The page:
3) Volunteering: Have you got a sufficient amount of experience in Interpreting? Volunteering for your local public services or charities such as the refugee council can be helpful for your community and it can also provide you with great experience. This experience can be applied and used when signing up to different agencies and it will increase your earning potential. If you are looking for organisations that are currently taking on volunteer interpreters, depending on your location, Nottingham University Hospital are accepting.

 

4) Freelance Business: Do you want to work for yourself or through an agency? What do you need to do to be able to set up your own freelance company or to establish yourself as a sole trader? If you would rather work for yourself, as a freelancer, you need to know how to set this up and what makes a good freelance business. Our Introductory Business courses are packed with advice on how to run a successful freelance interpreting or translation business.  Click here.

 

5) Finding Work:  Which areas do you want to specialise in? How far are you prepared to travel to an assignment? What rates are you prepared to work for? You need to decide on the type of work you want to undertake as an interpreter for example: NHS work or Police work. You need to have realistic goals and expectations based on your experience and qualifications and what income you want to get from the job. You also need to consider the area you live in and the languages you speak. There may not be much demand for interpreting services for your language in the area you are currently based. It will be worth considering how far you are willing to travel for an assignment.

So if you want to start your career as an interpreter – what are you waiting for? Use this guide to help you make your first steps into this challenging and rewarding line of work. If you have any further questions about what qualification to take why not email the team at info@islinguists.com.

Unlock your potential, Increase your income and Improve your performance

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The International School of Linguists (ISL) are proud to announce that its Level 6 Diploma in Community Interpreting (DCI) has been recognised by the Ministry of Justice (MoJ) as one of the qualifications that will allow interpreters to work on all of their interpreting assignments.

The DCI will increase your earning potential, improve your skills and provide a nationally recognised qualification. It consists of 6 mandatory modules, including consecutive and simultaneous interpreting, sight translation and ethics.

This qualification is flexible, meaning that you can comfortably study around your existing work and family commitments. You will also be able to directly influence how quickly you qualify. You can start your DCI qualification at any time, in any location and in any language. Expert assessors and language specialists are on hand to guide and support you throughout the qualification.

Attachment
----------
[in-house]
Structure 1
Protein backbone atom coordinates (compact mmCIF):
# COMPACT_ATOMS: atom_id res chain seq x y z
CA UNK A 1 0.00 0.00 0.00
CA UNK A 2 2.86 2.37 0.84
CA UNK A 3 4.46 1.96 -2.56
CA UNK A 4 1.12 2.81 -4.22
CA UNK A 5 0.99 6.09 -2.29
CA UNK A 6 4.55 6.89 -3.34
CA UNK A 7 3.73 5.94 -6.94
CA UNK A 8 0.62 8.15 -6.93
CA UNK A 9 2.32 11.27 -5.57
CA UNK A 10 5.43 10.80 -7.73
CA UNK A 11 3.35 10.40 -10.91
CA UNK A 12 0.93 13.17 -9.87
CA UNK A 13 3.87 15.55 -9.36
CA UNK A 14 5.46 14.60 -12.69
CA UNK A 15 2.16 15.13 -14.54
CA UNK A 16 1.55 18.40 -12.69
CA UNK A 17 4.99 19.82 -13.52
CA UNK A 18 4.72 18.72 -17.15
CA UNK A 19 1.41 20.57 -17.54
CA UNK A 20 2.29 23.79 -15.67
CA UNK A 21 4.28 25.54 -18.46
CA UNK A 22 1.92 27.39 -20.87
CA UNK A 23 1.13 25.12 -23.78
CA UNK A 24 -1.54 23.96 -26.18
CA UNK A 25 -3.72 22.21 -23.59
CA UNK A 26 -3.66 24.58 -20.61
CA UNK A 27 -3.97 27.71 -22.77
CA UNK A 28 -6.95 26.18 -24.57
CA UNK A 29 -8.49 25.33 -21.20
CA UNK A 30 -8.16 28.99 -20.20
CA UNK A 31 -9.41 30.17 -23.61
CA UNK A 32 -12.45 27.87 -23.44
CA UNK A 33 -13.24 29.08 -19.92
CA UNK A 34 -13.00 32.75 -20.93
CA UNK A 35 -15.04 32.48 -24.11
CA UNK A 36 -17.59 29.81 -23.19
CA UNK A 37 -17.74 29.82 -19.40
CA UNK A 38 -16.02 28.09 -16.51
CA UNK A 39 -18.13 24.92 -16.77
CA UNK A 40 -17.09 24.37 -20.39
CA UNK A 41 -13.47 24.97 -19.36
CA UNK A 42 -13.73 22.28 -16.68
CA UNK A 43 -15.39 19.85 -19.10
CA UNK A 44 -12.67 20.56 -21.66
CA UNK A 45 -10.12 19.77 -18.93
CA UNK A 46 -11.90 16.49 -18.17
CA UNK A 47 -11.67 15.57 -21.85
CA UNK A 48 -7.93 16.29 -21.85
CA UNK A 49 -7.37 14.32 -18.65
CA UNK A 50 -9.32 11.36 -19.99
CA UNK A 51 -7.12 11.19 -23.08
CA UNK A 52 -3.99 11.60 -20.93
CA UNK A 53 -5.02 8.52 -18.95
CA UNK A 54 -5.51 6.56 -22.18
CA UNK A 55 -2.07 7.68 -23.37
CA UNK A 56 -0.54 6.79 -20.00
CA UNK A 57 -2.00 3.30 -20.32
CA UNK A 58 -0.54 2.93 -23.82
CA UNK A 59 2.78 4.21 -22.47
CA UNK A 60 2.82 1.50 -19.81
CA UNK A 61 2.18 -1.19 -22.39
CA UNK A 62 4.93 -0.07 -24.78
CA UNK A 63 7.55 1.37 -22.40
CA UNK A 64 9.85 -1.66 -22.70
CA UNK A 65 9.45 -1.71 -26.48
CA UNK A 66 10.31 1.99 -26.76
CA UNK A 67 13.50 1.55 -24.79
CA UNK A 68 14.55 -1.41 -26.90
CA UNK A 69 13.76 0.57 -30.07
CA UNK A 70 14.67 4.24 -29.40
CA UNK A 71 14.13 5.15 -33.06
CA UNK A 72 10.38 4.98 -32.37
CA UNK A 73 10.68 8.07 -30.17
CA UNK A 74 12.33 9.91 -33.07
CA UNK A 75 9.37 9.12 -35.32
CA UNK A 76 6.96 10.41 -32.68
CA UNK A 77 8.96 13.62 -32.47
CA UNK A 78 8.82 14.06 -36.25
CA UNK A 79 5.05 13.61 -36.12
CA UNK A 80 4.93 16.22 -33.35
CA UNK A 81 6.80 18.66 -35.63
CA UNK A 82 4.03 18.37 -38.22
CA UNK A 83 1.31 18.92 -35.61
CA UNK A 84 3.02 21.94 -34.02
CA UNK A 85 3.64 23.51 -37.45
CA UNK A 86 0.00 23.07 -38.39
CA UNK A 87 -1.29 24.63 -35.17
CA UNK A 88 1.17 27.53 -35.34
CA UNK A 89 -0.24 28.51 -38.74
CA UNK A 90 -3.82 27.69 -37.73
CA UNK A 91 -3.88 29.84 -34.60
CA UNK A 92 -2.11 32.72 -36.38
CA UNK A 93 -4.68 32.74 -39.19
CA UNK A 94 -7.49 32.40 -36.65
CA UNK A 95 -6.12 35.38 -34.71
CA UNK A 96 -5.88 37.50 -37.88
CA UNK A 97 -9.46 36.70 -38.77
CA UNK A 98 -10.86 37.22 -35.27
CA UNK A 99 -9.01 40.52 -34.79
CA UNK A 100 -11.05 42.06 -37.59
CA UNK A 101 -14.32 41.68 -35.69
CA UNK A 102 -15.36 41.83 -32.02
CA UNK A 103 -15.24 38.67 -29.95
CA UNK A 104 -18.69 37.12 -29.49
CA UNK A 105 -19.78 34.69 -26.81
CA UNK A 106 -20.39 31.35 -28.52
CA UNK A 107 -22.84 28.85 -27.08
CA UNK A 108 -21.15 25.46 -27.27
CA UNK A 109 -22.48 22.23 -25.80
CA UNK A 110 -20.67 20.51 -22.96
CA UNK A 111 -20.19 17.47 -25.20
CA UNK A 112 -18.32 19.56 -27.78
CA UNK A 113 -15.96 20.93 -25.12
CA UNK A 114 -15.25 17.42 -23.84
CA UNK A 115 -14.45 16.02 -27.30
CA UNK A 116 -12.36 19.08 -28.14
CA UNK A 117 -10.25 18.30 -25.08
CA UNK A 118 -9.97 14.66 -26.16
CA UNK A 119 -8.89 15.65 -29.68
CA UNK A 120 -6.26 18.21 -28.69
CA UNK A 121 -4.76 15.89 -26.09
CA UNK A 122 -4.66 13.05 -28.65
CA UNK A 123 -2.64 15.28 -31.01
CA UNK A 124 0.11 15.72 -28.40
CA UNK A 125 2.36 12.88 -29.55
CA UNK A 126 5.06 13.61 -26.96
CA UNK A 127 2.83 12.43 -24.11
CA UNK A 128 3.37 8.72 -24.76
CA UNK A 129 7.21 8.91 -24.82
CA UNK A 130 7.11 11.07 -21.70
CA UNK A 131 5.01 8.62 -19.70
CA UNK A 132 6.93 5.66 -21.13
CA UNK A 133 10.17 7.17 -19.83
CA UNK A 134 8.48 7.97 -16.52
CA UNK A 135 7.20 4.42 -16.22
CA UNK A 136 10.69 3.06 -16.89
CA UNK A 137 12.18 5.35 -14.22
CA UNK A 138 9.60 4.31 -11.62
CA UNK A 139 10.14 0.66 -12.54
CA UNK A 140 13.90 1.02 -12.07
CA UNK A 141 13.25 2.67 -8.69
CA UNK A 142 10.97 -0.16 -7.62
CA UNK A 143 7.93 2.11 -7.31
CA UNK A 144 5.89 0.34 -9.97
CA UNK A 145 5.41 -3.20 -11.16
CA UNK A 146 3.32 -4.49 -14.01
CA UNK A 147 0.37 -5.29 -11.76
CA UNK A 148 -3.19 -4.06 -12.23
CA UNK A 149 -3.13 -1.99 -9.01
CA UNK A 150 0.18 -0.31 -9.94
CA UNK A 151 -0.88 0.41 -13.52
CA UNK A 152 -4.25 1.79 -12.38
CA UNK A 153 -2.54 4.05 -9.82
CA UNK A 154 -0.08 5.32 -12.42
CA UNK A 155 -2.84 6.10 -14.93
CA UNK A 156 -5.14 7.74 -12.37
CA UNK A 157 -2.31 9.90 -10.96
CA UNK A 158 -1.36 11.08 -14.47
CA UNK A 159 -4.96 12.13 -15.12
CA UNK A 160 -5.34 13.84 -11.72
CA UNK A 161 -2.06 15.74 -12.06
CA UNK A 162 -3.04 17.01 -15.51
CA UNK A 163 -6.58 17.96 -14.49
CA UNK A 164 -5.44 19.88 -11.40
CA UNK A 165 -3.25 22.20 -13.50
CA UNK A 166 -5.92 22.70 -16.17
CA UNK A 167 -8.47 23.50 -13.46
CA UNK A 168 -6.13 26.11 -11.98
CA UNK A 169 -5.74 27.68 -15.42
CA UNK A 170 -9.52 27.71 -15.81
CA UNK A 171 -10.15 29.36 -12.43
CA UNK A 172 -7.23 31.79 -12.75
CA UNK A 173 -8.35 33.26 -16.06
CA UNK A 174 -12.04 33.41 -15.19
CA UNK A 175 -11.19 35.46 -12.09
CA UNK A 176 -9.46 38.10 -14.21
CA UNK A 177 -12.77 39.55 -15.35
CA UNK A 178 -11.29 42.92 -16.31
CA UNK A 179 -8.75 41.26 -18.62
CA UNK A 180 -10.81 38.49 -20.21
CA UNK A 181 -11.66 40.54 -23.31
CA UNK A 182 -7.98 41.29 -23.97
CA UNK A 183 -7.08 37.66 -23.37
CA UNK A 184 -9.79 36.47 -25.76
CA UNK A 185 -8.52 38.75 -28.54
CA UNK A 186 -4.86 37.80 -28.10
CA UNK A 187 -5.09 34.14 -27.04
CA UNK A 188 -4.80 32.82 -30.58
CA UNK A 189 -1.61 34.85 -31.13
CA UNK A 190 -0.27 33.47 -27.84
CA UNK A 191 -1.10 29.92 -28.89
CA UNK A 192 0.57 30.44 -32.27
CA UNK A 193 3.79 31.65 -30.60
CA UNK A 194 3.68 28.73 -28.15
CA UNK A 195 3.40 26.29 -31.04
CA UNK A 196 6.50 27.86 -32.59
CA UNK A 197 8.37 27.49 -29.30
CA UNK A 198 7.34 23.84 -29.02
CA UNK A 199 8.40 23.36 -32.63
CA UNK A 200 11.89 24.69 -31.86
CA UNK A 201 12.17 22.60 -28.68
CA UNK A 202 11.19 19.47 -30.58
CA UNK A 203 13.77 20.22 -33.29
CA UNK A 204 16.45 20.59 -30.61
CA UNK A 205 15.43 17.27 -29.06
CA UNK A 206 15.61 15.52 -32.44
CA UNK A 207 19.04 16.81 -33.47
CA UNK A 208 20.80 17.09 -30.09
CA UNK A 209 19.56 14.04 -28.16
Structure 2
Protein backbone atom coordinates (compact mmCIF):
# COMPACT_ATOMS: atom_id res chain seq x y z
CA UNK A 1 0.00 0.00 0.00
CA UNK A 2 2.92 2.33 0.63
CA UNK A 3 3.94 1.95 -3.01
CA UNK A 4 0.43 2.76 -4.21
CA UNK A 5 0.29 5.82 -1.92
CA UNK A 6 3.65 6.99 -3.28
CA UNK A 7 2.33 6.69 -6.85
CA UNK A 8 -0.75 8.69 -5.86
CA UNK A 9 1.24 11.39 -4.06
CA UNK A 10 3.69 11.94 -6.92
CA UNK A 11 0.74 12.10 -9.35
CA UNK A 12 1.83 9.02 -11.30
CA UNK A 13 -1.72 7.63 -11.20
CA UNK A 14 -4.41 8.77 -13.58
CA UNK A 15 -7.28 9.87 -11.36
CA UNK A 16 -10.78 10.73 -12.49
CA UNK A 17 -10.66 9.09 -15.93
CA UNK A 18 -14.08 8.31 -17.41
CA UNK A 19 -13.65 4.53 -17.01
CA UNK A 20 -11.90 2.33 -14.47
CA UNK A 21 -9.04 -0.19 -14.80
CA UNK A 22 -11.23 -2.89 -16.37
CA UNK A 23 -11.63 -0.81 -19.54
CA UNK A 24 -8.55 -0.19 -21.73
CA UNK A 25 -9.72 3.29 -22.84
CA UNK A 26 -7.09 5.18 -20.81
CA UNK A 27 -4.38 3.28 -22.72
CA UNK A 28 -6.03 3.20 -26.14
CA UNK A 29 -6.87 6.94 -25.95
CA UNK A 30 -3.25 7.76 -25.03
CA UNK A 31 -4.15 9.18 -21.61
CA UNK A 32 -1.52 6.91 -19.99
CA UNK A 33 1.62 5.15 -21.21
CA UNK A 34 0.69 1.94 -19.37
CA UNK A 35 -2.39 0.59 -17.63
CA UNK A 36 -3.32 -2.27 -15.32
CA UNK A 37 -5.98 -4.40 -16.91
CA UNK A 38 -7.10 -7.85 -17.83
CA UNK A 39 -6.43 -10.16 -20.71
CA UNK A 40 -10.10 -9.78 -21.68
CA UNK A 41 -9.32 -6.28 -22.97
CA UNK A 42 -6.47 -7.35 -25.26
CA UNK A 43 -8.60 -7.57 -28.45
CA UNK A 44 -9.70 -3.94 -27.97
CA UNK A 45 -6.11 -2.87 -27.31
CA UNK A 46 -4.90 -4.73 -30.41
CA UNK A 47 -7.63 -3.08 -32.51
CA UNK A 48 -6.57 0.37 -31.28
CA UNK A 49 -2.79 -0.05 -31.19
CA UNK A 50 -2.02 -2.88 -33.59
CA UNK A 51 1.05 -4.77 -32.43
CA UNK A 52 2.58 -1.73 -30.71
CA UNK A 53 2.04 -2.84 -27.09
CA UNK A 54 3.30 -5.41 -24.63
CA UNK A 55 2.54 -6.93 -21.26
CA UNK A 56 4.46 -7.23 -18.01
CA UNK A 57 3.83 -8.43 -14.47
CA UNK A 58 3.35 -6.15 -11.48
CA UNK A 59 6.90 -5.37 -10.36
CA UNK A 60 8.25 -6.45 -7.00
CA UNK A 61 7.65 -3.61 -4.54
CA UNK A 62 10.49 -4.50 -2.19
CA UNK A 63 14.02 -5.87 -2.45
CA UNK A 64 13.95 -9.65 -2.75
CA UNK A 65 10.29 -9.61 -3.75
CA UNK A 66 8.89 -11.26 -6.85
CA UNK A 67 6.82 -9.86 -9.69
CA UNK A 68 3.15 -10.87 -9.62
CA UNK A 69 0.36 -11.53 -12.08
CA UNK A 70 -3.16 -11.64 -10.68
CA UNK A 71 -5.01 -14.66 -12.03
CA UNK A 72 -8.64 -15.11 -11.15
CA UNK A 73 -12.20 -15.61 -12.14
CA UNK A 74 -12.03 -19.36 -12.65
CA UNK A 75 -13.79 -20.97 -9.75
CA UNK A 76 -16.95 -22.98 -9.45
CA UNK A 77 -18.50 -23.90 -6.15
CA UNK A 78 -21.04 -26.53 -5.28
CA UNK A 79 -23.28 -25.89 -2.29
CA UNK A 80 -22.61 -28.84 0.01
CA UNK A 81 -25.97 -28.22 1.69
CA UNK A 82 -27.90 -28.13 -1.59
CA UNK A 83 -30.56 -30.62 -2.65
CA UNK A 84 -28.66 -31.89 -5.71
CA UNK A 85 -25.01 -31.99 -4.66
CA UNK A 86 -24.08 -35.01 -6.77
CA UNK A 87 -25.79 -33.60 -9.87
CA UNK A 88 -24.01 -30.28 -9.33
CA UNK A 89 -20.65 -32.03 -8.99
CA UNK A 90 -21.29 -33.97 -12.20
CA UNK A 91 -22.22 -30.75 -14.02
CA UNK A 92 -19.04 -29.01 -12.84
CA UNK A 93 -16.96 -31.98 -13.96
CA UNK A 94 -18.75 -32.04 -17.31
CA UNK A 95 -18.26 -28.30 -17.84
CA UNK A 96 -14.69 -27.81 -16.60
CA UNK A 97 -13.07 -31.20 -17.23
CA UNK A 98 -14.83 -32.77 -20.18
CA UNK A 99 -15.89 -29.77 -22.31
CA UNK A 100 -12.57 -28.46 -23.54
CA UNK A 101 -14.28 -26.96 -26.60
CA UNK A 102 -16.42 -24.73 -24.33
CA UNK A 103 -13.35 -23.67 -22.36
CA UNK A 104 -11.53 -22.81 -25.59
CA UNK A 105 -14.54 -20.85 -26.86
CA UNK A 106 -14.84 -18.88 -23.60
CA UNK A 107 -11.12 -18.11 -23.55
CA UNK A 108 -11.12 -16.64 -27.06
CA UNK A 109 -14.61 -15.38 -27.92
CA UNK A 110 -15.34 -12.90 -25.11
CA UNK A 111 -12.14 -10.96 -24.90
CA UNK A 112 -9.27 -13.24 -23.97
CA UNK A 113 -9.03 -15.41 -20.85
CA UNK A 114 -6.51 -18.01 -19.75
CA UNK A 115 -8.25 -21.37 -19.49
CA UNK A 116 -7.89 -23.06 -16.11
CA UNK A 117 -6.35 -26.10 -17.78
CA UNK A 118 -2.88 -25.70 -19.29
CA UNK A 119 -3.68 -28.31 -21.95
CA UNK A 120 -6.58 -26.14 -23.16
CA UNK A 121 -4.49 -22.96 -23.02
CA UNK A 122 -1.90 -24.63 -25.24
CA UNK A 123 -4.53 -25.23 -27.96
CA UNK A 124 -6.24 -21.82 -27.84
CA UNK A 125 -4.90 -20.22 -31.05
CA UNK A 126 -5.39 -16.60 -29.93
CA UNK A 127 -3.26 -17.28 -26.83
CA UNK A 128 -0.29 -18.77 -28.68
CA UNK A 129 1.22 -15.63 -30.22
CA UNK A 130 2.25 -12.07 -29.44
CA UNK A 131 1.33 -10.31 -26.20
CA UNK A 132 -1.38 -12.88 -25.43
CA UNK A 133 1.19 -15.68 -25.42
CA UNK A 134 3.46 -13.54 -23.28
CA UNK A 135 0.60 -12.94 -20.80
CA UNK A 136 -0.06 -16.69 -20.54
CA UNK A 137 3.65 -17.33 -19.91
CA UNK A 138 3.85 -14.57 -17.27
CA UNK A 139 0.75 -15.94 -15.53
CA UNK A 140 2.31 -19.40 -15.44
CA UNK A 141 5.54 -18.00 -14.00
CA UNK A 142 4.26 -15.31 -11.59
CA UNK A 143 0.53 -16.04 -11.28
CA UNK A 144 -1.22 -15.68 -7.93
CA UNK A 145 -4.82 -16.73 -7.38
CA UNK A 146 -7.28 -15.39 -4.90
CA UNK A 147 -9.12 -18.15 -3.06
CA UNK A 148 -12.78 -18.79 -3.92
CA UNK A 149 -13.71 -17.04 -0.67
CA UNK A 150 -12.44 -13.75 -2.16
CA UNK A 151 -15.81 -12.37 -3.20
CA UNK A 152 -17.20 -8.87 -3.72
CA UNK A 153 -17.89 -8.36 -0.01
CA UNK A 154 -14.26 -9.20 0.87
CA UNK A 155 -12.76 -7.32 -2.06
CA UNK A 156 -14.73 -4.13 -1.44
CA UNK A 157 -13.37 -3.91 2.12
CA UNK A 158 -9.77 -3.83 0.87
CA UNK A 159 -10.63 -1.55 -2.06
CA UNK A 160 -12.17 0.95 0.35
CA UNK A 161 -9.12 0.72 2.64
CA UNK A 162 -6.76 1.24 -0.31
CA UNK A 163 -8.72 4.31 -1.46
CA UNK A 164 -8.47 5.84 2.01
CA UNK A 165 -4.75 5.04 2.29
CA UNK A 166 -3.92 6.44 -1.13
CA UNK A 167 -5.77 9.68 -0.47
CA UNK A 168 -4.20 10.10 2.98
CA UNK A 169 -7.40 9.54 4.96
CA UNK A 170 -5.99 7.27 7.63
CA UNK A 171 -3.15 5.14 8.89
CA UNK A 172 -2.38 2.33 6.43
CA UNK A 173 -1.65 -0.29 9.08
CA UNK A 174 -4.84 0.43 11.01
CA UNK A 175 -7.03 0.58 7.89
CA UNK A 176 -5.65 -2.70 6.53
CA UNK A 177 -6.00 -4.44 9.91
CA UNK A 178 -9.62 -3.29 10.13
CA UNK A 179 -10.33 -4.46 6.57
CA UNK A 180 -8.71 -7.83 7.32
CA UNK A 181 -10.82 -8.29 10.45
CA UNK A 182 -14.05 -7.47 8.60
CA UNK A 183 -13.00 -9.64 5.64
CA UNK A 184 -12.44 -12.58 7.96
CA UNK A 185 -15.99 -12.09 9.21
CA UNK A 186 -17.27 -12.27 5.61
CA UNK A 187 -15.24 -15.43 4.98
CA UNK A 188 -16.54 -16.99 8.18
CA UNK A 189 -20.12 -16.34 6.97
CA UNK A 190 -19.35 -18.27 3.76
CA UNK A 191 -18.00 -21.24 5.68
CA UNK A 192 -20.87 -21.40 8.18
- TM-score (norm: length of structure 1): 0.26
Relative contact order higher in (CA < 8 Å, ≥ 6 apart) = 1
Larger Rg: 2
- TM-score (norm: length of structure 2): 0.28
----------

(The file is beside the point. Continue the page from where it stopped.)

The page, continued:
We have even created a customised option to ensure that our candidates are able to interpret effectively within police, court, prison and probation settings.

On completion of the course and with your permission, we will recommend you to the agencies contracted to provide language services to the MoJ.  Successful completion of the course and registration with The Big Word and The Language Shop will mean that you can earn between £18 and £29 per hour depending on the type of assignment that you will be undertaking

Don’t be put off if you feel that you cannot commit to completing the whole DCI qualification. We have taken a modular approach to the course that will allow you to work towards completing the DCI without having to restart the course. Each module is £300 and this includes certifications and assessments. The full 10 module DCI course is £1195. We offer a number of payment options including payment through instalments.

So if you want to earn more money, improve and enhance your interpreting skills and abilities and want to be exposed to all of the interpreting assignments within the MoJ, why not complete this simple form and express an interest in registering for the DCI course.

We expect there to be high demand for this course and places will be limited. On receipt of your form, one of our team will then be in touch to discuss next steps and answer any questions that you may have.

For general enquiries, please email info@islinguists.com.

Stress Management for Interpreters – 5 Top Tips

Woman freelance working in her home-office

At some point in our lives, we will experience some form of stress. Whether it is occupational or personal, knowing how to deal with the situation effectively and knowing how to de-stress, is the key to our own health and wellbeing. Every interpreter is at risk of stress due to the nature of work they undertake. Our 5 top tips will assist interpreters to manage stress that may arise.

1) Analyse the assignment before accepting it